A little bit Greenwich Village, a little bit Magaritaville, Delray Beach was voted in 2012 as “Most Fun Small Town in America” by Rand McNally.
By Michael Persson | Photo © Peter Cross
The free “green transportation” shuttles visitors to downtown shopping, dining, and the busy Pineapple Grove Art District along Atlantic Avenue, as well as to the bonanza of festivals year-round. “Florida’s Village by the Sea” has an elegance and Bohemianism that makes for dichotomy deluxe.
Pineapple Grove District
Art abounds in Delray, and one not-to-miss stop includes the contemporary art at Addison Gallery. Among its crisp white walls is a new open exhibit the third Friday of each month. Its artists are drawn to the surrounding beach scenes, like Anne Packard, the granddaughter of the impressionist painter Max Bohm and a preeminent painter from the Provincetown school of abstract expressionism.
If you’re a coffee connoisseur, then head to Subculture Coffee, for coffee and tea, as well as a large variety of smoothies, salads, baked goods, açaí bowls, and breakfast sandwiches. The Atlantic Avenue location is a hipster’s dream with a carved wooden bar, white marble tables, and a red Diedrich roaster where patrons can watch the shop’s in-house roaster bake beans several days a week.
After, stroll along Delray Beach’s Historical Beach Walk, which will put you in the way of ocean breezes and sun. The path follows in the 1,885 footsteps of the famous “Barefoot Mailman,” who walked – on the sand – from Palm Beach to Miami. Start south of George Bush Boulevard at the intersection of North Ocean Boulevard and Beach Drive. From there, it’s north or south for approximately a mile.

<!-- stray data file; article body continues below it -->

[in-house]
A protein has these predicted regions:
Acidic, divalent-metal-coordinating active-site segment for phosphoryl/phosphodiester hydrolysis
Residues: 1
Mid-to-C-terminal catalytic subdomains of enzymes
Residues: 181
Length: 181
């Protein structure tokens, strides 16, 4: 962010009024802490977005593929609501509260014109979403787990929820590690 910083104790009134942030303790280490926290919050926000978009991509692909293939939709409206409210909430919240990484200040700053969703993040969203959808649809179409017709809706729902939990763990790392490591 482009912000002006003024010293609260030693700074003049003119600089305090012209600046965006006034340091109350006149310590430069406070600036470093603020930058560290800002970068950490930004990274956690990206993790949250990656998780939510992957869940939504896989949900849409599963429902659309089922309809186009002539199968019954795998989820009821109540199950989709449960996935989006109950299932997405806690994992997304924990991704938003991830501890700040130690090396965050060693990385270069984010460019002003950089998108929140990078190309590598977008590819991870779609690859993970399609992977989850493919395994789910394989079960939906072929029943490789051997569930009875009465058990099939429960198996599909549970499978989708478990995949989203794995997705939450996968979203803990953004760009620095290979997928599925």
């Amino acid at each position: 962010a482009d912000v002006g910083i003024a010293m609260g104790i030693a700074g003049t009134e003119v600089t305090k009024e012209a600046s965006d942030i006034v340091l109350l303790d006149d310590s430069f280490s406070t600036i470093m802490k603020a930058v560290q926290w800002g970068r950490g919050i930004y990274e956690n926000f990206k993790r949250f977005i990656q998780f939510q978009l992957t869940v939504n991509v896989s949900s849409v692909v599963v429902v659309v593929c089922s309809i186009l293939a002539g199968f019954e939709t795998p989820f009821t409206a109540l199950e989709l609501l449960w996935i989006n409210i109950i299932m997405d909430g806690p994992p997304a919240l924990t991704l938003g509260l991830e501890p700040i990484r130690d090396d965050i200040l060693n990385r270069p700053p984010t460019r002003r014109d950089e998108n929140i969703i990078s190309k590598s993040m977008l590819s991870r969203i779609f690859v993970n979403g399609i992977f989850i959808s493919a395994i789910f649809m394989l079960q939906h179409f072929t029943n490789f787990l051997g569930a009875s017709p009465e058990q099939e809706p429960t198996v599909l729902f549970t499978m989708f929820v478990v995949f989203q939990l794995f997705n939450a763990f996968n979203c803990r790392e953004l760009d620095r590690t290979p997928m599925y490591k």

The Wakodahatchee Wetlands gets its name from the Seminole Indian word for “created waters” and has 50 acres of wetlands that house more than 140 different bird species. Visitors can see this ecosystem up close and perhaps catch one of the abundant Purple Gallinules that walk along the handrails of the three-quarter-mile boardwalk that winds through three of the wetland’s ponds.
Tribute to the Stars
The Delray Center for the Arts serves up a number of arts, theater, and music productions throughout the year. But for the more zany culture enthusiast – or, more specifically, the tribute band aficionado – the Outdoor Pavilion at Old School Square in downtown Delray Beach reads like a Rolling Stone magazine with a list of legendary acts. Cover bands, like Scott Ringerson and his Elvis Experience, The Petty Hearts, Galo Rivera and his tribute to Santana, and The Beatles-esque, Across The Universe, will make you look, listen, wonder, and bop.
The “Ride & Remember” Trolley Tour takes riders through the city’s five historic districts, the Spady Cultural Heritage Museum, and Old School Square. Guides let riders off at certain historic sites for an up-close-and-personal look at Delray Beach’s colorful backstory, like how draining the nearby Everglades west of the city put a halt to pineapple farming and started competition with Cuba for Northern markets.
The exhibitions at the Morikami Museum and Japanese Gardens change throughout the year. Created as a way to preserve the history and culture of the area’s first immigrant farmers. Tea ceremonies along with traditional Japanese festivals put on display an authentic learning experience from this 3,000-year-old culture.